I have always hated flash cards.
I remember the first time a teacher had the class make flash cards and the directions were something like:
Write the word on the front of the cards and then put a simple definition of the word on the back.
Following these directions, I made twenty or thirty cards, then lost half of them in my room a few days later. The ones I managed to find I ended up not studying because well, I was bored reading the same things over and over and the definitions were hard to remember anyway.
No matter how many times I tried to make flashcards the result was the same. Tons of cards, some lost, other avoided. Then, once I got to college, “memorized” definitions were never on exams anyway. Honestly, when is the last time you saw a question on an exam that asked you to provide the textbook’s definition of anything? I had an anthropology teacher once who had us memorize the definition of culture but that was the one and only time in all of college when I was required to memorize a definition verbatim. All other times I was required to know context of words or examples, and the definition of a word was of little use.
This is why I like vocab cards.
Vocab cards encourage critical thinking and creativity. This is why vocab cards are hard to make but also what makes them so effective. Look at my cards below:
There are lots of different ways to make effective vocab cards but, no matter how you make them, you should do some thinking while you make them. Simply copying information out of your textbook is not enough to help you learn the material.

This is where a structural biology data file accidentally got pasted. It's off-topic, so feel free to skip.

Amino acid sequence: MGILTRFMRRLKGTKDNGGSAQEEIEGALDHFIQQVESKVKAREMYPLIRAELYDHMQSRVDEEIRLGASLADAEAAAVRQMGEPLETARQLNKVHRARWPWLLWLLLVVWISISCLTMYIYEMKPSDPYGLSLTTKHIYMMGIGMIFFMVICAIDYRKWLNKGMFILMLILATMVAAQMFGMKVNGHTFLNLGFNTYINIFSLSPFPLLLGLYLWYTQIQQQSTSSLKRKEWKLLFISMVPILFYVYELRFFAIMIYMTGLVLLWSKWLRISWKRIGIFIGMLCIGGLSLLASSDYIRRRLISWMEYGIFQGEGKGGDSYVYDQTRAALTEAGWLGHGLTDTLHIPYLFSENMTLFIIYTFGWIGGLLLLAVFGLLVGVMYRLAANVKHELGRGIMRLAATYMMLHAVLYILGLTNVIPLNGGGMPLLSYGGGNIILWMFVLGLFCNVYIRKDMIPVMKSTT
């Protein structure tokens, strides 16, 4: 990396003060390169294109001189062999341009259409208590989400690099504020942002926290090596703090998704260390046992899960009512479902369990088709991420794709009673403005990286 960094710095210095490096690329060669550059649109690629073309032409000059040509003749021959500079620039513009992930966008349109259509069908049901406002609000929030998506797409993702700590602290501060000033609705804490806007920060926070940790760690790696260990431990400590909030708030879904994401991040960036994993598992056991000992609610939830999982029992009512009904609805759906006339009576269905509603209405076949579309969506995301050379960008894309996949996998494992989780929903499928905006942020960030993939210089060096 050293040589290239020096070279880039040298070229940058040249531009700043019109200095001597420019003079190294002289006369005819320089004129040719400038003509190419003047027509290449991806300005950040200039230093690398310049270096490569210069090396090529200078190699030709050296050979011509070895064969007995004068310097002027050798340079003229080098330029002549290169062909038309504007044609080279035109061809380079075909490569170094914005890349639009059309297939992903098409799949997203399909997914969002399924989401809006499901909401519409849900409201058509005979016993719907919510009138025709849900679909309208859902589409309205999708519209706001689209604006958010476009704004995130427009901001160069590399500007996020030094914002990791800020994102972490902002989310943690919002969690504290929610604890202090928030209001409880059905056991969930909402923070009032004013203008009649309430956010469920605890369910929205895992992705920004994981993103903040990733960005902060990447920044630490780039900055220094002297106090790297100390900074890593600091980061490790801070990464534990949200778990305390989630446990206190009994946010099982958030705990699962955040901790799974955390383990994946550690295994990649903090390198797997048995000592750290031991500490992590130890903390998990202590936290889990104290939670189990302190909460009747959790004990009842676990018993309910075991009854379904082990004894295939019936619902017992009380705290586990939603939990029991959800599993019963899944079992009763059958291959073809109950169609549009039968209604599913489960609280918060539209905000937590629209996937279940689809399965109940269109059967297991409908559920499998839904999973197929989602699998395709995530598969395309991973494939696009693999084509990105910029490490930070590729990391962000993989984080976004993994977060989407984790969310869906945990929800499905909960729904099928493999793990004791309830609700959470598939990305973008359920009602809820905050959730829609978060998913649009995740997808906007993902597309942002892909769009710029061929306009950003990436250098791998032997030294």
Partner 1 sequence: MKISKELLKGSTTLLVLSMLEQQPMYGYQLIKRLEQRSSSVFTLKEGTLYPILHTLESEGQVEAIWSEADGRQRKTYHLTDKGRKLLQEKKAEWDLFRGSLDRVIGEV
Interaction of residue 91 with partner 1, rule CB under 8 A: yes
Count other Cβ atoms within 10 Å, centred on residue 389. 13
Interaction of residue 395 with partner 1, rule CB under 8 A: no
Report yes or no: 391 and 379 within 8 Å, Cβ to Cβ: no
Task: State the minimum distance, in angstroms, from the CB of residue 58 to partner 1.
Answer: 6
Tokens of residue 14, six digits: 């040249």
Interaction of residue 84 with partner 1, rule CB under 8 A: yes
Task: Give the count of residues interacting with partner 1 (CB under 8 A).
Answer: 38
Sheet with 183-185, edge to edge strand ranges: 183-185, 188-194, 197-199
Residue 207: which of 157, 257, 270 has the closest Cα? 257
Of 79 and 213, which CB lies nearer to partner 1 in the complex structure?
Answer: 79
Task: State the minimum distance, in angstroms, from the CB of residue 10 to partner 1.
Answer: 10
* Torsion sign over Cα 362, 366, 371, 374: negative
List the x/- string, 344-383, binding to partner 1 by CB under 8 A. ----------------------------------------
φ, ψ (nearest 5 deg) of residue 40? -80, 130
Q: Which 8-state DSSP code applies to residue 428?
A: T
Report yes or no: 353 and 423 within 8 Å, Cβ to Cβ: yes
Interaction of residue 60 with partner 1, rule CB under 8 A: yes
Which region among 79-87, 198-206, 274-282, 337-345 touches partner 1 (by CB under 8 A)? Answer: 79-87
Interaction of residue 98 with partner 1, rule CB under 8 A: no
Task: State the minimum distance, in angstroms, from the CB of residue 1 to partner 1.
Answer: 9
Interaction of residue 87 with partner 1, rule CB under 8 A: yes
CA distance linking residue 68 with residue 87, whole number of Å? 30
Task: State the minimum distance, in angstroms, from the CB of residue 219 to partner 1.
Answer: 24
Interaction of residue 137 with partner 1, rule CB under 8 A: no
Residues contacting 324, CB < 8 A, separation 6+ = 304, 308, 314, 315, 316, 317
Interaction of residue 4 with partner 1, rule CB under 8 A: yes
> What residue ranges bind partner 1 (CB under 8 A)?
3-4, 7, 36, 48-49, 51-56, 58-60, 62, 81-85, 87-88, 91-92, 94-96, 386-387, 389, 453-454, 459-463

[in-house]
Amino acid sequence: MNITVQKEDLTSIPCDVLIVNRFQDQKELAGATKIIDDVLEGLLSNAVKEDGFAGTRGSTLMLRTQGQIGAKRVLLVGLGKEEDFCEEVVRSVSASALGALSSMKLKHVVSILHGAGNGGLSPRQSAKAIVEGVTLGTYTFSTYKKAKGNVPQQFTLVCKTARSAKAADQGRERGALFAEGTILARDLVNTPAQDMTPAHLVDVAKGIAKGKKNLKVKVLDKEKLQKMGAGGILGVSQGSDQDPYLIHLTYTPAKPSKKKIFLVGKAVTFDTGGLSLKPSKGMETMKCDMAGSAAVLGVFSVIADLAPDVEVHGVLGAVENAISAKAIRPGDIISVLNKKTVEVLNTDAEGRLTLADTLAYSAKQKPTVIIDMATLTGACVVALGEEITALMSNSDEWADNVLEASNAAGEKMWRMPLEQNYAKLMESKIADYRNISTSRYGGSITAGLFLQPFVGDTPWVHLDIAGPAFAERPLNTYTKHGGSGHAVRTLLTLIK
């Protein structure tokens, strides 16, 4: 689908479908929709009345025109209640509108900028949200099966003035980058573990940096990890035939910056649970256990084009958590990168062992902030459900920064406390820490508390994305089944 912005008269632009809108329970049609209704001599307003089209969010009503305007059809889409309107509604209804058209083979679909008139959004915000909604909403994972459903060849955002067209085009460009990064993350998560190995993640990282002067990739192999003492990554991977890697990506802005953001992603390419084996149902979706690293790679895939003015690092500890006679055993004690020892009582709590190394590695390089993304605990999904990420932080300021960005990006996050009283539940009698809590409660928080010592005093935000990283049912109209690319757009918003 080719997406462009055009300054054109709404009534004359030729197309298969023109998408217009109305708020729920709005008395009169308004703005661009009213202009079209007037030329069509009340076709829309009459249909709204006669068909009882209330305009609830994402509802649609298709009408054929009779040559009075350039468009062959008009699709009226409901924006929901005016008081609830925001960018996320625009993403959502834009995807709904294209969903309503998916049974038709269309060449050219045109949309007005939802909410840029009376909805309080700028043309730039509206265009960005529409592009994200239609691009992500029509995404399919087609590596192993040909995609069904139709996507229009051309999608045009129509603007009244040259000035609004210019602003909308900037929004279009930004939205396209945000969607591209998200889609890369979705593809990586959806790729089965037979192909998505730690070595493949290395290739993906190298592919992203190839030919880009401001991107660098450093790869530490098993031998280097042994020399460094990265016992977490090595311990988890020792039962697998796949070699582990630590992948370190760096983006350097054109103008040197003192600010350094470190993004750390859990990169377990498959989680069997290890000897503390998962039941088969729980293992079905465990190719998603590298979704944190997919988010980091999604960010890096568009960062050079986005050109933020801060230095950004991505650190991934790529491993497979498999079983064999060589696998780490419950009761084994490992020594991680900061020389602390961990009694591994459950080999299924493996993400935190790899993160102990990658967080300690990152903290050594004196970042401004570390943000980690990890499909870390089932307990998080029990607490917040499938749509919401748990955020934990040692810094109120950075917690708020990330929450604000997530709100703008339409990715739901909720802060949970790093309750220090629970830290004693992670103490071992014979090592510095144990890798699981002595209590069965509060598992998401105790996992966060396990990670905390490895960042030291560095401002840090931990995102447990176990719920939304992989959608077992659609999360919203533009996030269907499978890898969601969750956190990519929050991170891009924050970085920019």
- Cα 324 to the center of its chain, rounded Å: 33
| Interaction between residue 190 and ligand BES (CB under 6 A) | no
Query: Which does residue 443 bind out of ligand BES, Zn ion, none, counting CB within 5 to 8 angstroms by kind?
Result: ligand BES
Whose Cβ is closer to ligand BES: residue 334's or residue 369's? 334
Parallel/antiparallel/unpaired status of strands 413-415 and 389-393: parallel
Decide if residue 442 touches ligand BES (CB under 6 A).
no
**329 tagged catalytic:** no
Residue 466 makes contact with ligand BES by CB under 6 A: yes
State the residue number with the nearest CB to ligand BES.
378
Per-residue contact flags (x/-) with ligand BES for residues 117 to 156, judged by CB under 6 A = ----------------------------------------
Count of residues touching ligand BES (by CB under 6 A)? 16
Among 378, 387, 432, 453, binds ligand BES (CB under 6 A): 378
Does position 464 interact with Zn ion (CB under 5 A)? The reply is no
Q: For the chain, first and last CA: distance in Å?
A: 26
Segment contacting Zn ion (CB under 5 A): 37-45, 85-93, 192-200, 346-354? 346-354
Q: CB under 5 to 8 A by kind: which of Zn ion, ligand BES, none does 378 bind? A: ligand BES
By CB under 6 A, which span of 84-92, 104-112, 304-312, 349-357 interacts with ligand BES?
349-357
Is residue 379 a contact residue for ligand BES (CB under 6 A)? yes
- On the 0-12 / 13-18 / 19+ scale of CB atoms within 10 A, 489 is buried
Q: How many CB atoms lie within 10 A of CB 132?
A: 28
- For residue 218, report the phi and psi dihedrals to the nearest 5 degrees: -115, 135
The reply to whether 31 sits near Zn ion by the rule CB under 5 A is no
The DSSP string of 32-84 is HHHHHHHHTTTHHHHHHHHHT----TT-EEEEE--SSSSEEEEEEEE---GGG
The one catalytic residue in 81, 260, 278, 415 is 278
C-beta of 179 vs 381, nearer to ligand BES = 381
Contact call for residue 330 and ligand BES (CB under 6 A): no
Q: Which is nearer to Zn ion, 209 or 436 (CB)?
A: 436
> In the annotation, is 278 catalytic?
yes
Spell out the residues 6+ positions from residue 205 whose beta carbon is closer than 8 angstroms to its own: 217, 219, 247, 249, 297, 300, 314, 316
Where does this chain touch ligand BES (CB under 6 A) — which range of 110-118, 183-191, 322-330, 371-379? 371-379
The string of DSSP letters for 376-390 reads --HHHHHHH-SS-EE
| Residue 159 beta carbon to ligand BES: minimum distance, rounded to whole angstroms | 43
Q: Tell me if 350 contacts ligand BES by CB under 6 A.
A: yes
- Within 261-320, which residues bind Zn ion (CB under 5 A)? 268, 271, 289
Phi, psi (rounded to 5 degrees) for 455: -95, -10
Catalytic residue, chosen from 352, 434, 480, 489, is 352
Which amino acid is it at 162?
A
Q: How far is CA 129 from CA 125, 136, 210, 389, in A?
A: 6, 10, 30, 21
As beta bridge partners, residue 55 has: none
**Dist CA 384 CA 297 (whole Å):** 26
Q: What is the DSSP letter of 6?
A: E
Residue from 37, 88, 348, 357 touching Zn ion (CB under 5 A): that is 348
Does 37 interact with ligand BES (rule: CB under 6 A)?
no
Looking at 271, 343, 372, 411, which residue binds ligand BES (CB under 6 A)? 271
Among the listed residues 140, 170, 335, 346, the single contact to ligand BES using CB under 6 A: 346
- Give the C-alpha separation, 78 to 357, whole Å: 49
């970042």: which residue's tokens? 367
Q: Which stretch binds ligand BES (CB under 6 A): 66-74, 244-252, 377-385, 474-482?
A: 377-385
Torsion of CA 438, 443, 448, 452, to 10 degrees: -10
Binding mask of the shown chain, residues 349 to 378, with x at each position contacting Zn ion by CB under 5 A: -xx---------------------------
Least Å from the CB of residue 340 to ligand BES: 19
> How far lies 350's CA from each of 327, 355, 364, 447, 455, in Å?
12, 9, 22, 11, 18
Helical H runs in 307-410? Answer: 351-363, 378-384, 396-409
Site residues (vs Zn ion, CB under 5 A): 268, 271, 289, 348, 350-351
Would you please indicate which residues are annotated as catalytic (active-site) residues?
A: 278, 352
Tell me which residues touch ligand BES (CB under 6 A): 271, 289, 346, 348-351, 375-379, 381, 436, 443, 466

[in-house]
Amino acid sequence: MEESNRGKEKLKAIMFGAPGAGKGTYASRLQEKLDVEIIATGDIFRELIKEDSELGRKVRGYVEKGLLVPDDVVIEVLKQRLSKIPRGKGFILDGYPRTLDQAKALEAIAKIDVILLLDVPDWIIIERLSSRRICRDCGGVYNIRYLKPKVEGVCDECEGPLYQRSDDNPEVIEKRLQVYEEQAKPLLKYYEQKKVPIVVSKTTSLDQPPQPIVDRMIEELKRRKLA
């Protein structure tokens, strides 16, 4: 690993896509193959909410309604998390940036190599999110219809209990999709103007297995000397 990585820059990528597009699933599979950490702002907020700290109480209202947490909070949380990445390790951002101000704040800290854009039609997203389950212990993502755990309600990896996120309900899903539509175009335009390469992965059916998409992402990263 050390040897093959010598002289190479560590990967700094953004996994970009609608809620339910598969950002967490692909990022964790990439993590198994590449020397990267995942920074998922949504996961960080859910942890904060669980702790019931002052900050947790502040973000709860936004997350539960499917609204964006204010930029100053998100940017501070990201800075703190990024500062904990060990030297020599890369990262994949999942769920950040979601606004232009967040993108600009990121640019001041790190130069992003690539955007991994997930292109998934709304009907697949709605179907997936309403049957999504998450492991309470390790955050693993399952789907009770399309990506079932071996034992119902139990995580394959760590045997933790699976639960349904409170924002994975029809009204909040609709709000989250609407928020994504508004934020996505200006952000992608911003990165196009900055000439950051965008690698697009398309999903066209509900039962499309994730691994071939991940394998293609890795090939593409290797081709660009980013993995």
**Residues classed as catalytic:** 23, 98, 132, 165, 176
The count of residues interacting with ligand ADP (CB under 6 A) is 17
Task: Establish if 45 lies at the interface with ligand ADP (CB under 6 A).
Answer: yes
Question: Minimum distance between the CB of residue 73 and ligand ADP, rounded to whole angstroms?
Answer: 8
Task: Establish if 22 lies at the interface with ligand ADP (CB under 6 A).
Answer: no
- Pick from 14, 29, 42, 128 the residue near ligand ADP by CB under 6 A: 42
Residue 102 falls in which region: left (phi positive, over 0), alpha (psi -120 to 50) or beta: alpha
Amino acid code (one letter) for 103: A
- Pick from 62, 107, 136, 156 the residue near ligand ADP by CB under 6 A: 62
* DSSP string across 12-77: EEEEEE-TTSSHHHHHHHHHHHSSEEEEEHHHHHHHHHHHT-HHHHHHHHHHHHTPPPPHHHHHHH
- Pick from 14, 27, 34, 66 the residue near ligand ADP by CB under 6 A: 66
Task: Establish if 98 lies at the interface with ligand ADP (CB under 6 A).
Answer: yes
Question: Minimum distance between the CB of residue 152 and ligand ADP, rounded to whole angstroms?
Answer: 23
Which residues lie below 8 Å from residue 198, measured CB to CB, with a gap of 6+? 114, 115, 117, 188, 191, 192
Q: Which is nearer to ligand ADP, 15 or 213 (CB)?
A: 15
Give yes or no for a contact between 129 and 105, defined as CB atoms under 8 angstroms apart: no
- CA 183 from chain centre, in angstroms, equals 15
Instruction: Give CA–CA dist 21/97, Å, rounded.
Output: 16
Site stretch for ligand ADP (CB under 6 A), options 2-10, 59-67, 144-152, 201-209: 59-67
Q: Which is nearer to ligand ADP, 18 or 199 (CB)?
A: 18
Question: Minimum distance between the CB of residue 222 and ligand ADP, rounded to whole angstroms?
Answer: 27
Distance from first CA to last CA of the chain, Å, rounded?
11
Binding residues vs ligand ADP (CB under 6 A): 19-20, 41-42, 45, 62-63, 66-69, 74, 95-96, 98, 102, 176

The best part of vocab cards–at least for me–is how fun they can be. If you put questions on your cards you can pretend to play jeopardy. If you put pictures, you can spend time with crayons and color. I can brainstorm questions I think my teacher might ask, or those posed by my classmates in class, then put my answers on the back. When I make vocab cards I feel like I care.
I still, however, had problems keeping track of my cards. While I consider myself pretty organized, it always happened that I would lose one or two cards in my bag, in my car, or somewhere in a drawer at my desk.
A few years ago I worked with a student who was very disorganized and refused to make vocab cards because she would “always lose them anyway” and she hated to “waste time making something I’ll lose!” I challenged her to be creative and find a way to make vocab cards and find a way to not lose them. She came up with Flippers.
Flippers are amazing. Basically, take a sheet of paper; white, lined, three-hole-punched paper works just fine. Then, get a pack of Super Sticky Post-It Notes. The regular work, too, but the Super-Sticky kind really stay stuck long-term. Then, voila! Flippers:
Call them whatever you want: flash or vocab cards can and do work, if you know how to make them effectively. Basically:
- Be creative.
- Be smart.
- Think hard.
- Ask questions.
For more tips about improving your vocabulary and making vocab cards see my Vocabulary Improvement Workshop.